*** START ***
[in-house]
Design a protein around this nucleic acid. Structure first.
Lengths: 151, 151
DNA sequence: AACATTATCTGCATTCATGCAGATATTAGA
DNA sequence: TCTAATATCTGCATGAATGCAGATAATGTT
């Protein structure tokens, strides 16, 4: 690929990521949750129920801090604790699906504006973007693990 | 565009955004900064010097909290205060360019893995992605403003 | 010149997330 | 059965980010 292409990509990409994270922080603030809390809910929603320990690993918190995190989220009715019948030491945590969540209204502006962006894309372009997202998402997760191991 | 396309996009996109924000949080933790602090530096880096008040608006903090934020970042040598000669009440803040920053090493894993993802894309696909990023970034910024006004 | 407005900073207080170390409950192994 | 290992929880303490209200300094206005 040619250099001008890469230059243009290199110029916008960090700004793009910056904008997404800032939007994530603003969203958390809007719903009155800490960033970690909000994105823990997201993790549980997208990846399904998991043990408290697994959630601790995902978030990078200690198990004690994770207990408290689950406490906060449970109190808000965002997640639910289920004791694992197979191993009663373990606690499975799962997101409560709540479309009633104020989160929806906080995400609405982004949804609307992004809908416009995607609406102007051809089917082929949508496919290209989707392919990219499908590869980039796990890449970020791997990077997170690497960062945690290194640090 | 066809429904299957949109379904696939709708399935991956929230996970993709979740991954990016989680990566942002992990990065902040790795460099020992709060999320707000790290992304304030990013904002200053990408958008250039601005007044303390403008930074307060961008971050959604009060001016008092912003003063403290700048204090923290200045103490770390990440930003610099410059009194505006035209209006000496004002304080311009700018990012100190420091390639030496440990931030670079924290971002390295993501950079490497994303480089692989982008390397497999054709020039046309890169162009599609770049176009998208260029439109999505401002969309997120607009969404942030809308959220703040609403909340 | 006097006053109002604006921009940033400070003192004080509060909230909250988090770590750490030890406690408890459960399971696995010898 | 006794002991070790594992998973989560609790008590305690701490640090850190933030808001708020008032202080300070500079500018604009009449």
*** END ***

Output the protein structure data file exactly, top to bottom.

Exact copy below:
[in-house]
Design a protein around this nucleic acid. Structure first.
Lengths: 151, 151
DNA sequence: AACATTATCTGCATTCATGCAGATATTAGA
DNA sequence: TCTAATATCTGCATGAATGCAGATAATGTT
């Protein structure tokens, strides 16, 4: 690929990521949750129920801090604790699906504006973007693990 | 565009955004900064010097909290205060360019893995992605403003 | 010149997330 | 059965980010 292409990509990409994270922080603030809390809910929603320990690993918190995190989220009715019948030491945590969540209204502006962006894309372009997202998402997760191991 | 396309996009996109924000949080933790602090530096880096008040608006903090934020970042040598000669009440803040920053090493894993993802894309696909990023970034910024006004 | 407005900073207080170390409950192994 | 290992929880303490209200300094206005 040619250099001008890469230059243009290199110029916008960090700004793009910056904008997404800032939007994530603003969203958390809007719903009155800490960033970690909000994105823990997201993790549980997208990846399904998991043990408290697994959630601790995902978030990078200690198990004690994770207990408290689950406490906060449970109190808000965002997640639910289920004791694992197979191993009663373990606690499975799962997101409560709540479309009633104020989160929806906080995400609405982004949804609307992004809908416009995607609406102007051809089917082929949508496919290209989707392919990219499908590869980039796990890449970020791997990077997170690497960062945690290194640090 | 066809429904299957949109379904696939709708399935991956929230996970993709979740991954990016989680990566942002992990990065902040790795460099020992709060999320707000790290992304304030990013904002200053990408958008250039601005007044303390403008930074307060961008971050959604009060001016008092912003003063403290700048204090923290200045103490770390990440930003610099410059009194505006035209209006000496004002304080311009700018990012100190420091390639030496440990931030670079924290971002390295993501950079490497994303480089692989982008390397497999054709020039046309890169162009599609770049176009998208260029439109999505401002969309997120607009969404942030809308959220703040609403909340 | 006097006053109002604006921009940033400070003192004080509060909230909250988090770590750490030890406690408890459960399971696995010898 | 006794002991070790594992998973989560609790008590305690701490640090850190933030808001708020008032202080300070500079500018604009009449």